Red and Black Hockey
by David Lee on 06/02/09 at 02:54 PM ET
There’s something that’s gotten lost in the shuffle of all the Hurricanes “big” issues this summer. People have pretty much assumed that Carolina will offer a head coaching contract to Paul Maurice, removing the “interim” from his title. It’s not in stone yet, but it’s a safe bet. There’s some contention about which of the free agents should be re-signed and which should be allowed to walk. I’ll go in depth about each of those at some point before July 1. So far, nobody’s talking about the expired contract with Albany.
Carolina has used the Albany River Rats as its AHL team for the last three seasons. In 2006-07, they shared the team with the Colorado Avalanche. For the last two seasons, it has been all Carolina. That contract expired at the end of the 2008-09 season. I haven’t heard anything about whether they will renew that association or if the Hurricanes will look elsewhere. Say, Iowa…
The Rats weren’t a very good hockey team this season, and they were really bad at the box office. While the league average was 5115 fans per game, the Rats only had an average of 3539. They didn’t qualify for the playoffs. The previous two seasons, they were a middle of the pack hockey team, but were near the bottom of the league in average attendance. They did make the playoffs each of the two previous seasons, but suffered at the playoff box office as well.
For the 2008 playoffs, the Rats averaged a pathetic 1852 fans per game (15th out of 16 teams) compared to the league average of 4233. The Manitoba Moose averaged 7665 per playoff game. The story was pretty much the same in the 2007 playoffs.
The Rats won the Calder Cup in 1995 as the top farm team of the New Jersey Devils. They enjoyed success on the ice and at the box office throughout the nineties. Things turned south, though, and they missed the playoffs for six straight seasons starting in 2001. I don’t have attendance stats going back that far, but I’ve heard that the box office started to suffer. It doesn’t take a genius to figure that a winning team sells tickets easier than a losing one. And the Rats were BAD for six years straight. Really bad. Look at their standings point totals. 2001—70 points. 2002—52 points. 2003—68 points. 2004—62 points. 2005 (NHL lockout)—71 points. 2006—57 points.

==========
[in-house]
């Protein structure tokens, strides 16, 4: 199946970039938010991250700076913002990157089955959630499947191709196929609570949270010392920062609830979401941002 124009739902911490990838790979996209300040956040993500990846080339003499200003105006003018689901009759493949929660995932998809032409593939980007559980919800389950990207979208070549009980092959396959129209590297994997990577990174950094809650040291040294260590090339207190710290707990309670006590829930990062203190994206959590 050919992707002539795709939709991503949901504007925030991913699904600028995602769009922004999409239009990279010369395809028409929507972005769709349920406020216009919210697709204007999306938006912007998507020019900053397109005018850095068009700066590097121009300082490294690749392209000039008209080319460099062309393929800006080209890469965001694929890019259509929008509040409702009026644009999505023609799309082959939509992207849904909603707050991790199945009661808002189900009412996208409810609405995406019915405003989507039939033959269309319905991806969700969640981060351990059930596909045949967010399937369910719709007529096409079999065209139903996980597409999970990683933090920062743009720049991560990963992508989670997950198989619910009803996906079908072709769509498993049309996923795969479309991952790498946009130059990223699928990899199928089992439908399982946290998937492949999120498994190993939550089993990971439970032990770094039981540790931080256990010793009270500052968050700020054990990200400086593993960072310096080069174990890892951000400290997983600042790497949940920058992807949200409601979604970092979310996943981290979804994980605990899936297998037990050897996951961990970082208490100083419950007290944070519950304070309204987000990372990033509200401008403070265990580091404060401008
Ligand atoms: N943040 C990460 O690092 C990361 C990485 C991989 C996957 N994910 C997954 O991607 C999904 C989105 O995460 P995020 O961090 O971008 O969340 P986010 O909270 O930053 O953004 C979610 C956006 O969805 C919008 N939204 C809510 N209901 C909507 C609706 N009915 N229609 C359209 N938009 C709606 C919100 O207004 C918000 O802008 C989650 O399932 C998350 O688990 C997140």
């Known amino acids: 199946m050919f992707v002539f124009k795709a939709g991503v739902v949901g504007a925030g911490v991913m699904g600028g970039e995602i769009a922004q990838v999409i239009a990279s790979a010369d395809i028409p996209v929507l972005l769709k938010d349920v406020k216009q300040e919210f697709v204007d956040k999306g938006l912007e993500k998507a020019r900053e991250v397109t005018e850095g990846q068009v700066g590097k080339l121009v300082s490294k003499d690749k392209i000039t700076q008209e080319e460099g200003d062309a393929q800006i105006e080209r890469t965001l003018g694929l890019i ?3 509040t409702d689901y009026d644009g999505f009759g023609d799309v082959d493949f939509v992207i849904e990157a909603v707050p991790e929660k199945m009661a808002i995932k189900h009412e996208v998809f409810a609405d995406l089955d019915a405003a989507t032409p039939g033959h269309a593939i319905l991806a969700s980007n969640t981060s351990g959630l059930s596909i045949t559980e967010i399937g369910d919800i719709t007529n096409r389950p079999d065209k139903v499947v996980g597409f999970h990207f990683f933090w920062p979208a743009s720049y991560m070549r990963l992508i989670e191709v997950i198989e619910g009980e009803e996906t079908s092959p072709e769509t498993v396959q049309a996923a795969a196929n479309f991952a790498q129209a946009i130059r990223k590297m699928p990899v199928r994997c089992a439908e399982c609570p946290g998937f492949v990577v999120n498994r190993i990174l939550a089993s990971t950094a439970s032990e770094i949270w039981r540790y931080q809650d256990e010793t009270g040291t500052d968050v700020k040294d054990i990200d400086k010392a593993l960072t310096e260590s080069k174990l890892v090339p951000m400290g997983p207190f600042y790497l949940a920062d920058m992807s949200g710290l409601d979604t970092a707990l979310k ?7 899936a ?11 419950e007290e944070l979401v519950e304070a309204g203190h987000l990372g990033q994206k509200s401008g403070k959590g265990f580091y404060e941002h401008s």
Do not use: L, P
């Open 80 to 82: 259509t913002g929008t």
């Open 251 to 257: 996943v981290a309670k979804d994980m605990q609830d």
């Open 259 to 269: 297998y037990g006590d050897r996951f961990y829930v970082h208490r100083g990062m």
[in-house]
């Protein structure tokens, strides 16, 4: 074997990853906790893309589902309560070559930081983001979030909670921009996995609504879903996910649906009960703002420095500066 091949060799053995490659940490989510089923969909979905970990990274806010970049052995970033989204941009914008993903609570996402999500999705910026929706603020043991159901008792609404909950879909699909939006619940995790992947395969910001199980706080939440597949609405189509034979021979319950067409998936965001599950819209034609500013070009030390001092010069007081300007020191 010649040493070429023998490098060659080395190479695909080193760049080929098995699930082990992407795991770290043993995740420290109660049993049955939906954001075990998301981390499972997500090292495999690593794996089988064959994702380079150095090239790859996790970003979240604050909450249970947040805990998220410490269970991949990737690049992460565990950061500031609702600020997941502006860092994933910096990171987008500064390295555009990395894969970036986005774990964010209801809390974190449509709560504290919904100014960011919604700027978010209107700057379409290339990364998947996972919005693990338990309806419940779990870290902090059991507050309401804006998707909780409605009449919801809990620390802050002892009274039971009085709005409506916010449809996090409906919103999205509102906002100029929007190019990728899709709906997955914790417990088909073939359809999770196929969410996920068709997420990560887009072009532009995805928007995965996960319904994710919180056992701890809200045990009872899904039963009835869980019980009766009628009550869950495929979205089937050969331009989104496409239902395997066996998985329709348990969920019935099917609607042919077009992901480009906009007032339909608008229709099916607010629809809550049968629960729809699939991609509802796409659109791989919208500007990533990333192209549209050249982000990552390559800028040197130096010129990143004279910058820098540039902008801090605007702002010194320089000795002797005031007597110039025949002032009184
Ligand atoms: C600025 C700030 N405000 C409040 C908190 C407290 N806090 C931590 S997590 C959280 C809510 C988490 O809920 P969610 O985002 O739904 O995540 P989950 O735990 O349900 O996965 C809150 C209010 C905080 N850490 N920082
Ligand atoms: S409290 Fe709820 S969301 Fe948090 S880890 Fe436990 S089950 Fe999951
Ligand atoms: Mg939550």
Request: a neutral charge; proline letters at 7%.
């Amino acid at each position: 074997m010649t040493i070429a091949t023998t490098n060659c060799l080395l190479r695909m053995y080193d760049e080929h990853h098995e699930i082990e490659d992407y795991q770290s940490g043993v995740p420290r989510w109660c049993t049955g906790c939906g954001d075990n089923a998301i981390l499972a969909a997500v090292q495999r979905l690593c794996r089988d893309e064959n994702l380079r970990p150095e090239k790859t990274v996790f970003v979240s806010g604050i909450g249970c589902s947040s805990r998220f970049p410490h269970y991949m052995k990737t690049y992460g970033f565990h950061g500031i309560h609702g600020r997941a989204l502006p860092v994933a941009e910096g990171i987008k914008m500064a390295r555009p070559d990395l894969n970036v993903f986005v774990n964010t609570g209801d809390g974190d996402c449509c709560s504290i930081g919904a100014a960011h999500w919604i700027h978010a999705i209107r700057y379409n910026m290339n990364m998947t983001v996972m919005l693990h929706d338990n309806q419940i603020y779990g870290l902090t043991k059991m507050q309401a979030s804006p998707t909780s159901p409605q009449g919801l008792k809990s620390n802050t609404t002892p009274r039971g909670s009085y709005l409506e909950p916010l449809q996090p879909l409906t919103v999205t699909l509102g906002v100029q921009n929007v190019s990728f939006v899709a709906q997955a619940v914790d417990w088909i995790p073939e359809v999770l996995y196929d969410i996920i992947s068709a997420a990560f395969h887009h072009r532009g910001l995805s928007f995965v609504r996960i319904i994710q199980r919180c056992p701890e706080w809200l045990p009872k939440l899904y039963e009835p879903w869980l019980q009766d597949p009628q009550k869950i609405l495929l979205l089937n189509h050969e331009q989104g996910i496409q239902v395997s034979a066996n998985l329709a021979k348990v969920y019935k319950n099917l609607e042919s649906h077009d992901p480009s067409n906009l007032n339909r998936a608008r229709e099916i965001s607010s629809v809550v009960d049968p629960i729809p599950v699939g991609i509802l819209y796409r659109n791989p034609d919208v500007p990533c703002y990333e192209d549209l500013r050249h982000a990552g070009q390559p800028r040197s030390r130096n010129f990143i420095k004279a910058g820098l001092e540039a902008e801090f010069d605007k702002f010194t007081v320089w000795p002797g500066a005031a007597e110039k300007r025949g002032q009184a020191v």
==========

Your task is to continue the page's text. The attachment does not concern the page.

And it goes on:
It’s possible that Albanians gave up on the Rats during that stretch of really bad seasons. Maybe they’ve started to spend their entertainment dollars elsewhere. In this respect, things might get even more difficult this coming fall when Glens Falls, NY will be the new home of the Flyers AHL affiliate.
There are probably a few other contracts that expire this summer, but the only one I’m certain of is the Iowa Chops, who were the top affiliate of the Anaheim Ducks. The Iowa team had been affiliated with the Dallas Stars before that. Last season, the Chops turned a lot of heads around the sports world with their silly name, their pig theme, and the silly contract that they offered to Brett Favre.
Although it would be a geographic nightmare, this seems like the Iowa Chops would be a good match for the Canes. At least from a marketing standpoint. The Canes already have a hog for a mascot. So do the Chops. The existing color scheme for the Chops is pretty similar to that of the Canes. For the record, Iowa is the leading pork producing state in the US, and North Carolina is second. Which sort of explains all the piggy business.
In reality, I’m a huge proponent of keeping things more geographically convenient. In an ideal world, there would be an AHL team here in Greensboro or in Charlotte for the Hurricanes. Well, we tried that in Greensboro, and it was an epic failure. Scratch that.
Anyway, the AHL affiliation is an issue that Carolina is going to have to deal with this summer. I’m not that crazy about the team being in Albany, so I’d like to see a change. Iowa is just a silly idea.
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About Red and Black Hockey
David Lee is a restaurant manager with an unused degree in political science. He can be found at Carolina Hurricanes games, Scrabble tournaments and indie-rock shows. Sometimes, all in the same day.